Using drones and analysis software, students carry out research on oat cultivation.
By Patricio Luna y Claudia Casas | Querétaro Campus - 04/25/2024 Photo Courtesy of Alexia Torres

Students Alexia Torres, Bernardo Blanco, Eduardo Báñales, Diego Romo, Oscar Rico, Fernanda Reyes, and José Arismendez from the Agri-Food Biosystems Engineering program at the Tec’s Queretaro campus have developed a forage oat cultivation project (for livestock consumption) to find alternatives to current agricultural challenges.

The project led by Professor Tania Rodríguez has joined the initiative developed by Campo Agro Experimental (CAETEC), which seeks to address precision agriculture-related challenges (optimization of agricultural production).

“We wanted to base our approach on oat cultivation,” said the professor.

The students used three alternatives in order to find the best alternative and thus assess its efficiency:

  • Fungi treatment: Where a symbiotic relationship is formed with the plant, which delivers sugar to the fungus while this returns water and nutrients to the plant.
  • Biozyme treatment: This is a plant hormone that promotes growth and improves anchoring and yield.
  • The third alternative consisted of a combination of both treatments; treatment with fungi and fertilization with biozyme.



The project treatment used fungi formed from symbiosis with plants known as mycorrhizae. Photo: Alexia Torres.
Cultivo de la avena durante su inspección


The treatment in this part of the project used fungi formed from symbiosis with plants known as mycorrhizae. This is a process in which the fungus is planted inside the plant seed so that it may reproduce as it grows, forming a reciprocal relationship in exchange for the plant giving sugar to the fungus to reproduce.


Drone technology

Part of the methodology used included multispectral drone imaging. This produces images at wavelengths that, after being analyzed using specialized software, would help students assess the crop’s efficiency.


“The levels obtained helped us adjust different crop parameters while the harvest was in progress.” - Eduardo Báñales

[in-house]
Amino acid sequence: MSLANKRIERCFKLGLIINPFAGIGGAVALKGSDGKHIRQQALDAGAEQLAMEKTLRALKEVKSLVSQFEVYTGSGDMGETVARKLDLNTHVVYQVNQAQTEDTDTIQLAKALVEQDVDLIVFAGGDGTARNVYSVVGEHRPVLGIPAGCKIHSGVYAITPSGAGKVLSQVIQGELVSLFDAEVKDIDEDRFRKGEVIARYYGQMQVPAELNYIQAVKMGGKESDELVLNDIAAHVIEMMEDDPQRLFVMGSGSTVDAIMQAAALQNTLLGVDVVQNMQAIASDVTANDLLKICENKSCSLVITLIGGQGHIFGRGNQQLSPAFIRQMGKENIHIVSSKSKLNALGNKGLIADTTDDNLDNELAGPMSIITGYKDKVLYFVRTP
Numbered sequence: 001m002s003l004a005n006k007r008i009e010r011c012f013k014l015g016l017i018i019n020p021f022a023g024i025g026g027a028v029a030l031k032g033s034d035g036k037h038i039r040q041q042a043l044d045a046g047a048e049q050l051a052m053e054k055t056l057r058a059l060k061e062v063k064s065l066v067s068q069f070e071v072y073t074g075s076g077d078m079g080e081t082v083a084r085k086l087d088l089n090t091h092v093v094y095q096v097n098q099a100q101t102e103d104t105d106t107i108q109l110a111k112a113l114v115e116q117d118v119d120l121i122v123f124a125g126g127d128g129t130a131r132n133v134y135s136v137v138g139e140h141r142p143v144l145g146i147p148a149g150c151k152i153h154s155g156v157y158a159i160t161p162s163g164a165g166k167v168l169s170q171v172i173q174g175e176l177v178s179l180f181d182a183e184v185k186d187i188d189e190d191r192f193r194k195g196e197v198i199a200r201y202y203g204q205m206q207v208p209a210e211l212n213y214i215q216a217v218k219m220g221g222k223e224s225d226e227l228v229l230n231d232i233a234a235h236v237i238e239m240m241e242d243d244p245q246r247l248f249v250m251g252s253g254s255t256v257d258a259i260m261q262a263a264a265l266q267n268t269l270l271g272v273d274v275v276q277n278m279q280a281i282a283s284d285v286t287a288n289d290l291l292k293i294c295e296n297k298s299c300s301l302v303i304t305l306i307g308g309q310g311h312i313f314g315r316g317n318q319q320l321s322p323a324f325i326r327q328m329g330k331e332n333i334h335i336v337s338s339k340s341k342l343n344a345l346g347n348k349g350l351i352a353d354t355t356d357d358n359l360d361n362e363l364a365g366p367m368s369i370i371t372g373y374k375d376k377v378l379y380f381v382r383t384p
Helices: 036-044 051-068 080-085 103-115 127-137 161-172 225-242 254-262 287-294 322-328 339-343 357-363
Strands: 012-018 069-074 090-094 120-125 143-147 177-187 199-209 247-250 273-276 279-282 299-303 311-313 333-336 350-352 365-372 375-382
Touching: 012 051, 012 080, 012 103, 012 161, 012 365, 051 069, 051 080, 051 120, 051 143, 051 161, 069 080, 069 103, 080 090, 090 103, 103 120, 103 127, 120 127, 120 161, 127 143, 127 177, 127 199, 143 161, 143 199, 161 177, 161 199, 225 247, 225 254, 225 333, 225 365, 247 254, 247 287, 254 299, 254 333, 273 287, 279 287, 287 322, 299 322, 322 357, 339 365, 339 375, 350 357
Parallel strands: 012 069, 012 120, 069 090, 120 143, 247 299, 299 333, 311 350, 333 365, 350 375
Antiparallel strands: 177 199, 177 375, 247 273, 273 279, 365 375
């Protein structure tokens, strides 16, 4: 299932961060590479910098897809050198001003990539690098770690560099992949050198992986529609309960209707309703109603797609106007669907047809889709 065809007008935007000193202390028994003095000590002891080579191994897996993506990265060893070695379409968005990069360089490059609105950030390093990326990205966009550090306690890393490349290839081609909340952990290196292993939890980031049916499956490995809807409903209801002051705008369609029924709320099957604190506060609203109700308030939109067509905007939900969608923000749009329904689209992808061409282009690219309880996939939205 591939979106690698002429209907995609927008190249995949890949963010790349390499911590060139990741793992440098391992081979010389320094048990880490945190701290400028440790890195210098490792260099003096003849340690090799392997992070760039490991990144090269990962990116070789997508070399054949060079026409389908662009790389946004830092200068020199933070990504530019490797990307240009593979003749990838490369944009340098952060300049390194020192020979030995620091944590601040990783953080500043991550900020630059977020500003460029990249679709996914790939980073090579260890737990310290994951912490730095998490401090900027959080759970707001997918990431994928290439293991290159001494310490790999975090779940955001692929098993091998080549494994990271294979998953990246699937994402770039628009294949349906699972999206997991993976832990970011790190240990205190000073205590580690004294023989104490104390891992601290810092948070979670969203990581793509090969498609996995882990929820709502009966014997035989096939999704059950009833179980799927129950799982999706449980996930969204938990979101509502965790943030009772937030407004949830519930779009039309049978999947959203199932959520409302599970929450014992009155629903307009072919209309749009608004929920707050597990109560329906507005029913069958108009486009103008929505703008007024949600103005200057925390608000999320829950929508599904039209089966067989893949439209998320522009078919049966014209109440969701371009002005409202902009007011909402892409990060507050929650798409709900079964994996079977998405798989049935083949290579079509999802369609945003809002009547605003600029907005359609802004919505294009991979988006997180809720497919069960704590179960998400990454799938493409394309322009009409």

They also used this multispectral imaging in conjunction with:

  • Normalized Difference Vegetation Index (NDVI), which is used to measure the quality, quantity, and development of vegetation; and
  • Normalized Difference Water Index (NDWI), which measures and monitors surface water changes.



Agri-Food Biosystems Engineering students participated in the project. Photo: Alexia Torres.
Estudiante realizando análisis en las plantas


The students found that comparing these studies allows for faster decisions regarding harvesting and counteracting yield losses while improving product quality.

Similarly, estimating dry matter through NDVI is a technological alternative that can facilitate harvest scheduling to improve forage quality.

The students said that this was a project developed in addition to their academic projects since they were contacted by Professor Tania Rodríguez, who was looking for young people interested in extensive agriculture who also wanted to learn about new technology tools and already had some experience in soil and plant physiology.

This is why she began contacting the students to begin the research project with oat cultivation, thus beginning the research that would lead them to win first place at ExpoIngenierias.



Agri-Food Biosystems Engineering students at CAETEC. Photo: Alexia Torres.
Estudiantes del proyecto durante las prácticas de campo de la investigación






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